This is how The Crumb (BL's daily newsletter) put it:
"No workshops meet today. Rest and recover. There's more ahead, including: 10 more readings, five more lectures, three fiction workshops, two poetry/nonfiction workshops, six special talks, four sessions of craft classes, a program on William Meredith, a book signing, gala reception, a slideshow, and, believe it or not, another dance."
The first night, Michael Collier told a story about how, near the end of the conference one year, he fell asleep on a table in the back of the Little Theatre where the readings are held, intending just to nap a little. Someone woke him, hours later, long after the reading was over. We laughed thinking that would never happen to us. In a way, it's true; instead, we're falling asleep during the readings themselves.
Here's a typical day:
7:30 am - breakfast
9:00 am - lecture
10:10 - 12:10 - workshop alternating days
11:20 - 1:20 pm - outing for those not in workshop (Robert Frost cabin/trail, Texas Falls, Middlebury, etc.)
12:00 pm - lunch
1:30 pm - special talk - usually by agent, editor, or publisher (big houses and small presses and lit mags)
2:30 pm - craft classes (6-7 choices per day, more fiction, maybe 1-2 poetry or nonfiction choices)
4:15 pm - reading (fellows, tuition scholars, guests)
5:00 pm - another special talk or book signing or movie
6:30 pm - dinner
8:15 pm - faculty and fellow readings
9:30 pm - another reading - waiters, staff, or tuition scholars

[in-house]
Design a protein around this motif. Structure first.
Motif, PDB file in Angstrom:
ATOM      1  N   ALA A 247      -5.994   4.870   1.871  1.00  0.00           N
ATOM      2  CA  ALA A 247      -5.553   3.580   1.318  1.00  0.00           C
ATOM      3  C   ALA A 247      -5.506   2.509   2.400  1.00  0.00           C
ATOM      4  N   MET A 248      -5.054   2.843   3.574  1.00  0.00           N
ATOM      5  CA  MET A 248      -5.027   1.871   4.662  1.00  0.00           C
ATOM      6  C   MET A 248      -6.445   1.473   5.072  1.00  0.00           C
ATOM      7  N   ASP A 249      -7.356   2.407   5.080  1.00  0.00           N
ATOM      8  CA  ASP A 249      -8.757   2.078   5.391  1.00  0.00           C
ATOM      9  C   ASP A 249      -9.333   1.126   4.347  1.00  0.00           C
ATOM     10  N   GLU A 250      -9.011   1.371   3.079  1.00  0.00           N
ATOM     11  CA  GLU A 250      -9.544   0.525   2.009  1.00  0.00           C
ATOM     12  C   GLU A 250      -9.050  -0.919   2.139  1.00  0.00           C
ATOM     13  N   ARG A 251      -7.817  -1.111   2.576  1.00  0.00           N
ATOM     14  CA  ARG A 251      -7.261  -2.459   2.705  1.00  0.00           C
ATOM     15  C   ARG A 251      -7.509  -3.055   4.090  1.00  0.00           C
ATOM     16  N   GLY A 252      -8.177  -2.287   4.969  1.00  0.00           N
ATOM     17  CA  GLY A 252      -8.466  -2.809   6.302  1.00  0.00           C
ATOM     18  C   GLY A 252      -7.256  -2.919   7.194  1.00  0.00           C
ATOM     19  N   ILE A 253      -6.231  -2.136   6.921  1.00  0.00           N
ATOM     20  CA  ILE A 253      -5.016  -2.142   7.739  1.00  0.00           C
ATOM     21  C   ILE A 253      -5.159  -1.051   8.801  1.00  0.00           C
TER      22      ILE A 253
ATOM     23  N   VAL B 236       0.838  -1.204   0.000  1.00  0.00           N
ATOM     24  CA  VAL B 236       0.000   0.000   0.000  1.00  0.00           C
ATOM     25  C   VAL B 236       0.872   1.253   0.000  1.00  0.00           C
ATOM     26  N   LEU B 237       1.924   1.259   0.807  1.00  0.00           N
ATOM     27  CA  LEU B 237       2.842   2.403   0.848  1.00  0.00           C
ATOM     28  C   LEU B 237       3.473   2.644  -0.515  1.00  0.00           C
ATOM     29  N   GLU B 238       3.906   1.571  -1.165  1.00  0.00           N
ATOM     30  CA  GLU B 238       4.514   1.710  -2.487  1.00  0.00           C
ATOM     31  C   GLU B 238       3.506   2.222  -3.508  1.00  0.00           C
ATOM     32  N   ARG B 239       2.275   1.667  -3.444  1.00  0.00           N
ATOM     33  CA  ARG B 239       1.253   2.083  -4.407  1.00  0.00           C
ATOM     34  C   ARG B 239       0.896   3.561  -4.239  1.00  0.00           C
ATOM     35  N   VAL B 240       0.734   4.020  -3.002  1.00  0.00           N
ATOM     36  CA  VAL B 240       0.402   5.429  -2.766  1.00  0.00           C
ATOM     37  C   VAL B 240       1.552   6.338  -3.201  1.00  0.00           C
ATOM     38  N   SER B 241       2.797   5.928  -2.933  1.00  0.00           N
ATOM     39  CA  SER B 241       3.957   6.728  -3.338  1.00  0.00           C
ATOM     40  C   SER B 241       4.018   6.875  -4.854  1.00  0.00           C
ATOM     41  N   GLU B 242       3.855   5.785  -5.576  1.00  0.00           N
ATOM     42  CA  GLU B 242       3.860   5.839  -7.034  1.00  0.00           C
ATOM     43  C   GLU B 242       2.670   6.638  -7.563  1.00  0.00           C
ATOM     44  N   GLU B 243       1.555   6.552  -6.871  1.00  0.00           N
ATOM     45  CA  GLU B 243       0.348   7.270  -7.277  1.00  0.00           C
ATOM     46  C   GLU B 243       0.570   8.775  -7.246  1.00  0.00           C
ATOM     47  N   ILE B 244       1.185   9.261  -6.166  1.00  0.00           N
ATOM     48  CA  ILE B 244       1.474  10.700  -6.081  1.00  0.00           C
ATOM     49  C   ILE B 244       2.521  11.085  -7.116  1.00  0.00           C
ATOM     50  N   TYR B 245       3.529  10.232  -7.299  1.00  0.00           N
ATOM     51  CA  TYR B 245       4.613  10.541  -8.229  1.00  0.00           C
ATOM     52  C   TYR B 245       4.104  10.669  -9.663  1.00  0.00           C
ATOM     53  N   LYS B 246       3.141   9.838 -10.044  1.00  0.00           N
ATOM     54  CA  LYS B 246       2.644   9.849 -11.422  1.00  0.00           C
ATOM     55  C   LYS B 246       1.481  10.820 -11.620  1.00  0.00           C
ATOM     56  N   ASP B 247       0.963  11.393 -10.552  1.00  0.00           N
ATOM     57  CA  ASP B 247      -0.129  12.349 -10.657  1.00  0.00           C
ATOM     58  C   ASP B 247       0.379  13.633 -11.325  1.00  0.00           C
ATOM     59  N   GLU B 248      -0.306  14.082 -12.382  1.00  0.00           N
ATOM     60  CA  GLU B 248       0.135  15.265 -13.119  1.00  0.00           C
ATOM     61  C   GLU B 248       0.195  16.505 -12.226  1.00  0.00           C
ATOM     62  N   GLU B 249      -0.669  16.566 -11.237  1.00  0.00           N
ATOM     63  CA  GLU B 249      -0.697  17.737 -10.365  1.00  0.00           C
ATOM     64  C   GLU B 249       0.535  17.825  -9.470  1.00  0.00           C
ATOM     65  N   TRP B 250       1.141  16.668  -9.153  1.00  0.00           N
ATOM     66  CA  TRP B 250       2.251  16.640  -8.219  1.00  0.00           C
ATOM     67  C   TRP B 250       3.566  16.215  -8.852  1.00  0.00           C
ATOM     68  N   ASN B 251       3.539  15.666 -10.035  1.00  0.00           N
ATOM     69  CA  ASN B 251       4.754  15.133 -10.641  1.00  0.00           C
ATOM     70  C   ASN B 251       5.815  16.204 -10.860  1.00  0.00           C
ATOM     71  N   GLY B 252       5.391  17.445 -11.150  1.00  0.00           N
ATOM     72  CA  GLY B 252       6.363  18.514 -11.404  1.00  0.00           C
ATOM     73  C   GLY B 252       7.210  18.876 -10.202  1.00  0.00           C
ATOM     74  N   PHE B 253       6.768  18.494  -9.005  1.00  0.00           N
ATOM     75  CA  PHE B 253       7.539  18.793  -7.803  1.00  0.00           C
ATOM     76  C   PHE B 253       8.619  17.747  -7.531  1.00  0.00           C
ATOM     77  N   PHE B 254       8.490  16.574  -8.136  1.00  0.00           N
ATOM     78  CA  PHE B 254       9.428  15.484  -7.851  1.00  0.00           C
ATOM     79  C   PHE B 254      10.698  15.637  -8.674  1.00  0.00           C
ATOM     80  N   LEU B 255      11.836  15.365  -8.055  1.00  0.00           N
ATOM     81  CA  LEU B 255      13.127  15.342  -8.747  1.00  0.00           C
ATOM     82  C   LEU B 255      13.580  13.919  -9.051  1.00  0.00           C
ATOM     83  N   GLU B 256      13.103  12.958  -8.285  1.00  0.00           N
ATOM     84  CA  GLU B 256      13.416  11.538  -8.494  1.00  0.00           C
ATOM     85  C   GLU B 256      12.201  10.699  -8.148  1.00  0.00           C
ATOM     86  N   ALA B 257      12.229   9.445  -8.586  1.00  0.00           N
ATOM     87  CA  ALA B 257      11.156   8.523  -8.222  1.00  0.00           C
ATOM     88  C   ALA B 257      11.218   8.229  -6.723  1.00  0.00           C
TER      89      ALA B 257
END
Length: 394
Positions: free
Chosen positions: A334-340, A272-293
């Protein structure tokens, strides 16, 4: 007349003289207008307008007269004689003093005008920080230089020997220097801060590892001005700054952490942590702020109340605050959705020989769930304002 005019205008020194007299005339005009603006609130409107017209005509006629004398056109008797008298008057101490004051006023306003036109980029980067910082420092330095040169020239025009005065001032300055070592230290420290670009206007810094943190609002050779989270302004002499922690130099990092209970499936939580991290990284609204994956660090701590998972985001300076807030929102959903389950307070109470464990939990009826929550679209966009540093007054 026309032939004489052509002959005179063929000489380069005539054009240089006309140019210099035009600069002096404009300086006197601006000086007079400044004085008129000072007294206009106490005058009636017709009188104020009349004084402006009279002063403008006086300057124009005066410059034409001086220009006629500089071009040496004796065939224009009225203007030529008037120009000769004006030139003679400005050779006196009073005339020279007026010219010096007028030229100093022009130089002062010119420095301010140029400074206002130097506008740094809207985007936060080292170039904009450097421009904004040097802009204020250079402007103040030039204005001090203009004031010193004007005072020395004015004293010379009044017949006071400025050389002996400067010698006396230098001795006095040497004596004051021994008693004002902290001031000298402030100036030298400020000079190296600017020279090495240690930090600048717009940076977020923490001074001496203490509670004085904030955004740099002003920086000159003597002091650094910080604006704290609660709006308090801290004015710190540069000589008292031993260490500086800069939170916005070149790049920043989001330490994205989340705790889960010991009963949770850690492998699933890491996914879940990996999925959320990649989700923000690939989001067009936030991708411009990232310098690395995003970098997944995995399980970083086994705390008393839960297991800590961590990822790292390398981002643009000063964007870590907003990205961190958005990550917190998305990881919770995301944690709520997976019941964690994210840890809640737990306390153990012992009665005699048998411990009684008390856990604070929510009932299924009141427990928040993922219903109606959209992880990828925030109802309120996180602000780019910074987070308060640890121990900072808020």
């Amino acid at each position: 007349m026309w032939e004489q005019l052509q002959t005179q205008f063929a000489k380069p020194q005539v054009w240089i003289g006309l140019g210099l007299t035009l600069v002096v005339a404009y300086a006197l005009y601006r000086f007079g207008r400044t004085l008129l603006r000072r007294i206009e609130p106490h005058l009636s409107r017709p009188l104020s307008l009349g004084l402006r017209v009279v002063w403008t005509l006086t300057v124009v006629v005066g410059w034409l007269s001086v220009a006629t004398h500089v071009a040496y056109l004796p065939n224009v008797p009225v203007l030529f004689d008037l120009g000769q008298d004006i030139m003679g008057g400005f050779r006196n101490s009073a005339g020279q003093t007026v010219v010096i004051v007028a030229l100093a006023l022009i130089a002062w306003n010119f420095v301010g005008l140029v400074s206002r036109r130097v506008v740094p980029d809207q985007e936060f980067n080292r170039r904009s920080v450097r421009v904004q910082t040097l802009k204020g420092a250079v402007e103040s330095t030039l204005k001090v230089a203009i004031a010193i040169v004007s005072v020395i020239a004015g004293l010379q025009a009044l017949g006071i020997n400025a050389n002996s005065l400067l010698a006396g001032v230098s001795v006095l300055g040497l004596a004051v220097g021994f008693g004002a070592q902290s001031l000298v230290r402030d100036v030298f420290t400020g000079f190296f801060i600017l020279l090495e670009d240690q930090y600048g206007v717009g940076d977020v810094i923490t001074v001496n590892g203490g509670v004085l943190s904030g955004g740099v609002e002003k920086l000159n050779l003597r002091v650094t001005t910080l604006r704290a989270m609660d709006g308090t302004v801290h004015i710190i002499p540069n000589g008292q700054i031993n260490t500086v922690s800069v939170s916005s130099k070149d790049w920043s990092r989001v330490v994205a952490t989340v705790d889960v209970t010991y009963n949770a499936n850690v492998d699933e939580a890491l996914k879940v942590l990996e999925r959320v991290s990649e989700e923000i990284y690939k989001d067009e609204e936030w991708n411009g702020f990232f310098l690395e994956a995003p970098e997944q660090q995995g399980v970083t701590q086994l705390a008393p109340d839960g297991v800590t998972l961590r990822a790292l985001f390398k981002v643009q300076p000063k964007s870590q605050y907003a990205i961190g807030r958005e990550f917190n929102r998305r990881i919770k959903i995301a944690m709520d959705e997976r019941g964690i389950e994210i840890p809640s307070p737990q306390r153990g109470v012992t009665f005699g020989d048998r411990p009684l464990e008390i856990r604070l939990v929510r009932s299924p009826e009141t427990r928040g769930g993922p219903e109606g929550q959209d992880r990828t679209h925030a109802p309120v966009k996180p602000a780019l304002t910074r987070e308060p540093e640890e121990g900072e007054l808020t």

10:30 pm - bonfire and two dances (staggered throughout)
Aren't you exhausted?
Two little tips if you come here - there's a place called 'telephone rock' out in the field across from the Inn where, if you stand on this large, gray rock, you can get decent cell phone reception. Also - the barn at the back of the campus has great treats between classes - cookies, bagels, and for the last two days, leftover blackberry pie from the Robert Frost picnic/talk (which was amazing).
Dara, one of my workshop-mates, and also a fellow guest at the Chipman Inn, where I'm staying, saw a moose last night on the way 'home.' He was crossing the street 1/2 mile from the Inn and she had to slam on her brakes so as not to hit him. I am so jealous. I have been absolutely dying to see a moose. We are now calling her the Moose Whisperer.
I have seen Nessie, the chipmunk who lives in the Inn - she ran between my feet when I was in the lobby reading, and I saw a hedgehog cross the road (why does a hedgehog cross...?), so the animals I'm spotting are getting bigger. Hopefully by Saturday there will be moose!